GitLab’s new security feature uses AI to explain vulnerabilities to developersReading Time: 3 minutes
Developer platform GitLab today announced a new AI-driven security feature that uses a large language model to explain potential vulnerabilities to developers, with plans to expand this to automatically resolve these vulnerabilities using AI in the future.
Earlier this month, the company announced a new experimental tool that explains code to a developer — similar to the new security feature GitLab announced — and a new experimental feature that automatically summarizes issue comments. In this context, it’s also worth noting that GitLab already launched a code completion tool, which is now available to GitLab Ultimate and Premium users, and its ML-based suggested reviewers feature last year.
The new ‘explain this vulnerability’ feature will try to help teams find the best way to fix a vulnerability within the context of code base. It’s this context that makes the difference here, as the tool is able to combine the basic info about the vulnerability with specific insights from the user’s code. This should make it easier and faster to remediate these issues.
The company calls its overall philosophy behind adding AI features ‘velocity with guardrails,’ that is, the combination of AI code and test generation backed by the company’s full-stack DevSecOps platform to ensure that whatever the AI generates can be deployed safely.
GitLab also stressed that all of its AI features are built with privacy in mind. ‘If we are touching your intellectual property, which is code, we are only going to be sending that to a model that is GitLabs or is within the GitLab cloud architecture,’ GitLab CPO David DeSanto told me. ‘The reason why that’s important to us — and this goes back to enterprise DevSecOps — is that our customers are heavily regulated. Our customers are usually very security and compliance conscious, and we knew we could not build a code suggestions solution that required us sending it to a third-party AI.’ He also noted that GitLab won’t use its customers’ private data to train its models.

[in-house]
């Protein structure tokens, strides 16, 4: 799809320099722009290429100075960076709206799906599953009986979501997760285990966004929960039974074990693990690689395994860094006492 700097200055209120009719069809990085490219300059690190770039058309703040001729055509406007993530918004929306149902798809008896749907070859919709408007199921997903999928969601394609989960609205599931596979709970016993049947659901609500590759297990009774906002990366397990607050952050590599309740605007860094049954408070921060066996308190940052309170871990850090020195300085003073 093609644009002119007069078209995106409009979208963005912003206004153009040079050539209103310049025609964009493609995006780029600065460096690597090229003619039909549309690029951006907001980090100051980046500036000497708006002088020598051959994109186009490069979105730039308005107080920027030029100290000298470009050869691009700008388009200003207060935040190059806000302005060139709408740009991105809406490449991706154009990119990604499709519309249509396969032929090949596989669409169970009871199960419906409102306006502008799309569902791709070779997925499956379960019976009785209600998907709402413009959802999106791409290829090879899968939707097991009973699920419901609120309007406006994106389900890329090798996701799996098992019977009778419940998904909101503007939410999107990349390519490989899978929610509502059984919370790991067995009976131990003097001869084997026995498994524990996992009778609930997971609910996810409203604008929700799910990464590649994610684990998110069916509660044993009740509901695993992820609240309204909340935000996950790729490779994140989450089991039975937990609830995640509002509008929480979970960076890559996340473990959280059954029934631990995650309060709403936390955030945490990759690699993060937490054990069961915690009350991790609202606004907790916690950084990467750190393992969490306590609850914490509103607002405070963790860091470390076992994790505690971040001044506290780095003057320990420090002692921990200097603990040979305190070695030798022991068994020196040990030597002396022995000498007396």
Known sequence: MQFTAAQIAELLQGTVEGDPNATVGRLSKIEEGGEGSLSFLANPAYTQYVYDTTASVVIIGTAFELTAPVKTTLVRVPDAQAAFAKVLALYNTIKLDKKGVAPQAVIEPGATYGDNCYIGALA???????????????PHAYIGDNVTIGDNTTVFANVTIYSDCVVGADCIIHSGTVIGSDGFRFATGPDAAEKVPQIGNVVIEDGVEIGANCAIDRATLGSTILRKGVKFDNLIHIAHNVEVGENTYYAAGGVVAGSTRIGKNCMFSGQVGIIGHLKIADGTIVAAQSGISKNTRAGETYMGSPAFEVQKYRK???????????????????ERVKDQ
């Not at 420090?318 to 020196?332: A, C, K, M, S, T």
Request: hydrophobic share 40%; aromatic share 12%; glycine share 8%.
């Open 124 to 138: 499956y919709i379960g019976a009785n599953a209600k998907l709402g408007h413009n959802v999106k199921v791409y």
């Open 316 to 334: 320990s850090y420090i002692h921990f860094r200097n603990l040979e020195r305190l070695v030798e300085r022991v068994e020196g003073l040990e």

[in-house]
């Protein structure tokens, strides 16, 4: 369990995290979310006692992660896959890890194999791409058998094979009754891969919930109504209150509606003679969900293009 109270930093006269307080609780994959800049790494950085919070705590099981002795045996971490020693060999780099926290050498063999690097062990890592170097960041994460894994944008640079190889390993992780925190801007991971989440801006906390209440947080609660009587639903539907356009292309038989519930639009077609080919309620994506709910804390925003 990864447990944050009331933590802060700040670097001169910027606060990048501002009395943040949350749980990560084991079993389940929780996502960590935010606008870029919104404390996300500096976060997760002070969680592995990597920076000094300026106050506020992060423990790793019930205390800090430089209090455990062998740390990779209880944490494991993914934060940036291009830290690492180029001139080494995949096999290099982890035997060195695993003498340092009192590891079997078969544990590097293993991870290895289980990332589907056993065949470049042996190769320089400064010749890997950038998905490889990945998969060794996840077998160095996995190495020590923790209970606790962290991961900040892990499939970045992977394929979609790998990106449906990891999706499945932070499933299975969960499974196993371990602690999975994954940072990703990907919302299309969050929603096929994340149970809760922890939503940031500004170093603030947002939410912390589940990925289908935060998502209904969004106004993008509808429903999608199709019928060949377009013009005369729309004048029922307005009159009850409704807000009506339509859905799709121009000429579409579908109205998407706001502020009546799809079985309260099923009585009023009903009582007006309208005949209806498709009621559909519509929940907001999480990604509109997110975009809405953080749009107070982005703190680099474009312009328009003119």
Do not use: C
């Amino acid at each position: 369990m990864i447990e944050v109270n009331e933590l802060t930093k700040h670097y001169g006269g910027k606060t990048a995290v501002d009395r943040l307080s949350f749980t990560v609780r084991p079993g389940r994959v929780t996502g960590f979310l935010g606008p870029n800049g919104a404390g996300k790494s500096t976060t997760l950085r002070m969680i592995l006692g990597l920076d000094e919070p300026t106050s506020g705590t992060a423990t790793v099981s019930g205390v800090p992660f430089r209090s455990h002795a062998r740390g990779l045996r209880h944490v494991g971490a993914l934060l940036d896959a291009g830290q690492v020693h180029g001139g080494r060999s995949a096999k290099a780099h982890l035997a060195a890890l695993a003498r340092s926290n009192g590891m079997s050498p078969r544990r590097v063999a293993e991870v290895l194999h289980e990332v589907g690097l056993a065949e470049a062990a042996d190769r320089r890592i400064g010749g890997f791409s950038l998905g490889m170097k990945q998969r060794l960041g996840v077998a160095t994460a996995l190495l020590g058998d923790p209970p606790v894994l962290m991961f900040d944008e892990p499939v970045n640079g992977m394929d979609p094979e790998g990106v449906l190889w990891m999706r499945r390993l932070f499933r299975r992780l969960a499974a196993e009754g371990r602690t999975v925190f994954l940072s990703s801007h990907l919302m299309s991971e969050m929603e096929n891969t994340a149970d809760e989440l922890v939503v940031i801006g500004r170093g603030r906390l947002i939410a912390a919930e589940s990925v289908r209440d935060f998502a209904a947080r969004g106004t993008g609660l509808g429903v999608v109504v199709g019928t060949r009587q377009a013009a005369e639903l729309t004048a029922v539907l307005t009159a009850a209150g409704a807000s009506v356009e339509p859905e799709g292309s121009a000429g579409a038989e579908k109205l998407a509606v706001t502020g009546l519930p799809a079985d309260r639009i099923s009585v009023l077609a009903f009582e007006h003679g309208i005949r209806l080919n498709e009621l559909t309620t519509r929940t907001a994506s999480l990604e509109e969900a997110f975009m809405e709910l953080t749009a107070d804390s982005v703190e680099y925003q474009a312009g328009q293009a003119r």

DeSanto stressed that GitLab’s overall goal for its AI initiative is to 10x efficiency — and not just the efficiency of the individual developer but the overall development lifecycle. As he rightly noted, even if you could 100x a developer’s productivity, inefficiencies further downstream in reviewing that code and putting it into production could easily negate that.
‘If development is 20% of the life cycle, even if we make that 50% more effective, you’re not really going to feel it,’ DeSanto said. ‘Now, if we make the security teams, the operations teams, the compliance teams also more efficient, then as an organization, you’re going to see it.’
The ‘explain this code’ feature, for example, has turned out to be quite useful not just for developers but also QA and security teams, which now get a better understanding of what they should test. That, surely, was also why GitLab expanded it to explain vulnerabilities as well. In the long run, the idea here is to build features to help these teams automatically generate unit tests and security reviews — which would then be integrated into the overall GitLab platform.
According to GitLab’s recent DevSecOps report, 65% of developers are already using AI and ML in their testing efforts or plan to do so within the next three years. Already, 36% of teams use an AI/ML tool to check their code before code reviewers even see it.
‘Given the resource constraints DevSecOps teams face, automation and artificial intelligence become a strategic resource,’ GitLab’s Dave Steer writes in today’s announcement. ‘Our DevSecOps Platform helps teams fill critical gaps while automatically enforcing policies, applying compliance frameworks, performing security tests using GitLab’s automation capabilities, and providing AI assisted recommendations – which frees up resources.’
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